That's because they'd just made their own ancient soft-shell egg discoveries. "It is always the best sort of confirmation that you can get as a scientist, if an independent laboratory comes up with a similar finding," says Wiemann.

In the same issue of Nature, Wiemann and her co-workers describe eggs from two very different non-avian dinosaurs: Protoceratops, a small plant-eater, and Mussaurus, a long-necked herbivore.

Their geochemical analysis of the fossils' makeups revealed that the young dinosaurs had been surrounded by shells that were leathery and soft, like a turtle's eggs.

This is the first convincing evidence that dinosaurs had soft eggshells, says Wiemann.

All this evidence is dramatically changing the fossilized-egg world. Previously, researchers thought that dinosaurs had hard, heavily calcified eggshells, in part because that's what modern crocodilians and birds have. What's more, previously discovered dinosaur eggs were hard-shelled.

But those dinosaur eggs mostly represented three groups — theropod dinosaurs (which include tyrannosaurs and velociraptors), advanced hadrosaurs and advanced sauropods — notes Mark Norell of the American Museum of Natural History, the lead author of this study.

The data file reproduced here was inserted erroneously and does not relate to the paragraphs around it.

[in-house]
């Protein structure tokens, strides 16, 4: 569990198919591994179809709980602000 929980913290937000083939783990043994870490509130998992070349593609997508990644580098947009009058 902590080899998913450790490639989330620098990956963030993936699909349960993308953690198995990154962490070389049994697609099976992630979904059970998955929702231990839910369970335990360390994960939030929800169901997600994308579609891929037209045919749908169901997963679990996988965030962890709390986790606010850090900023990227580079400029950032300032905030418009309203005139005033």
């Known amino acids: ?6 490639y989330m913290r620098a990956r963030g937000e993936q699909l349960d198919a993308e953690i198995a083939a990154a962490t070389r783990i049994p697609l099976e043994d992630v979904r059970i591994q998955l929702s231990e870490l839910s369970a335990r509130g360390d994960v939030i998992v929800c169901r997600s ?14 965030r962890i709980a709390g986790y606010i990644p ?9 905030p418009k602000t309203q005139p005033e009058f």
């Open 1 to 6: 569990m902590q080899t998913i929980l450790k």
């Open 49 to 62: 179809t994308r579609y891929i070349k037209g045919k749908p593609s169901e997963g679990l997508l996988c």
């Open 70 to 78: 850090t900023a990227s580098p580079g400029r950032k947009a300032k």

Other common dinosaurs didn't seem to have left preserved eggs at all. "It was just kind of assumed that, well, you know, the fossil record isn't that great. And we just haven't found them yet," says Norell.

But he wondered if these eggs were missing because they had soft shells that were less likely to leave obvious signs in the fossil record. That's what made him curious about a subtle "halo" seen around the fossilized embryos in this study.

He predicts that now that people know what to look for, they'll find more soft-shelled dinosaur eggs.

"What we're finding," says Norell, "is that soft-tissue preservation occurs more and more and more frequently than any of us ever dreamed."

He and his colleagues say that the first dinosaurs likely laid soft-shelled eggs and that hard-shelled eggs have evolved independently three different times in the dinosaur family tree.

"The dinosaur calcified egg is something that is not ancestral, that is not sort of a primitive feature of all dinosaurs," says Wiemann.

Hard shells could have been an adaptation that let dinosaurs lay eggs on the bare ground rather than having to bury the eggs to protect them from losing too much water through their permeable shells.

: 6/16/20

A previous image credit misspelled Lucas Legendre's last name as Legrende.